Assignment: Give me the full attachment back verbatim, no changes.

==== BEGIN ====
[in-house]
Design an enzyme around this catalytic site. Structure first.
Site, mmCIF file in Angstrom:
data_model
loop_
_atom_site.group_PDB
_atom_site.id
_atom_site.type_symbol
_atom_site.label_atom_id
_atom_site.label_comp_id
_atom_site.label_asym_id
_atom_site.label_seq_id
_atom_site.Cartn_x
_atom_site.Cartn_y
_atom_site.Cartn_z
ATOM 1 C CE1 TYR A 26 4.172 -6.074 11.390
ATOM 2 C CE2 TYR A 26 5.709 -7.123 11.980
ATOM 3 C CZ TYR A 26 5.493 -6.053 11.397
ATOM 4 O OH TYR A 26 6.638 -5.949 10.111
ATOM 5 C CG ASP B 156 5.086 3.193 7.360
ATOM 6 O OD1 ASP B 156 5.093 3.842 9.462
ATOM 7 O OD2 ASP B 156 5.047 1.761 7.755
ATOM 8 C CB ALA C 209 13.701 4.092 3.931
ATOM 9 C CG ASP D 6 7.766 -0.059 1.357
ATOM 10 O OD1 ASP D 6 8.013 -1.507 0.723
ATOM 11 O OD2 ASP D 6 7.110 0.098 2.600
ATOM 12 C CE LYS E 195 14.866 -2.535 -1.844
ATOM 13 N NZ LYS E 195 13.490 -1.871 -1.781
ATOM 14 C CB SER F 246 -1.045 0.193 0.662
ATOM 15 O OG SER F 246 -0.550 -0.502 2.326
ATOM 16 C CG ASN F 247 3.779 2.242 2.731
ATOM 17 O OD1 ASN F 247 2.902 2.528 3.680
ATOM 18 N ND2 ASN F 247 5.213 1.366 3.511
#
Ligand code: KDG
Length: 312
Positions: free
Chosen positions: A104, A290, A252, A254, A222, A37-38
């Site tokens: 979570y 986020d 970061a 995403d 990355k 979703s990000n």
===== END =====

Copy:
[in-house]
Design an enzyme around this catalytic site. Structure first.
Site, mmCIF file in Angstrom:
data_model
loop_
_atom_site.group_PDB
_atom_site.id
_atom_site.type_symbol
_atom_site.label_atom_id
_atom_site.label_comp_id
_atom_site.label_asym_id
_atom_site.label_seq_id
_atom_site.Cartn_x
_atom_site.Cartn_y
_atom_site.Cartn_z
ATOM 1 C CE1 TYR A 26 4.172 -6.074 11.390
ATOM 2 C CE2 TYR A 26 5.709 -7.123 11.980
ATOM 3 C CZ TYR A 26 5.493 -6.053 11.397
ATOM 4 O OH TYR A 26 6.638 -5.949 10.111
ATOM 5 C CG ASP B 156 5.086 3.193 7.360
ATOM 6 O OD1 ASP B 156 5.093 3.842 9.462
ATOM 7 O OD2 ASP B 156 5.047 1.761 7.755
ATOM 8 C CB ALA C 209 13.701 4.092 3.931
ATOM 9 C CG ASP D 6 7.766 -0.059 1.357
ATOM 10 O OD1 ASP D 6 8.013 -1.507 0.723
ATOM 11 O OD2 ASP D 6 7.110 0.098 2.600
ATOM 12 C CE LYS E 195 14.866 -2.535 -1.844
ATOM 13 N NZ LYS E 195 13.490 -1.871 -1.781
ATOM 14 C CB SER F 246 -1.045 0.193 0.662
ATOM 15 O OG SER F 246 -0.550 -0.502 2.326
ATOM 16 C CG ASN F 247 3.779 2.242 2.731
ATOM 17 O OD1 ASN F 247 2.902 2.528 3.680
ATOM 18 N ND2 ASN F 247 5.213 1.366 3.511
#
Ligand code: KDG
Length: 312
Positions: free
Chosen positions: A104, A290, A252, A254, A222, A37-38
């Site tokens: 979570y 986020d 970061a 995403d 990355k 979703s990000n």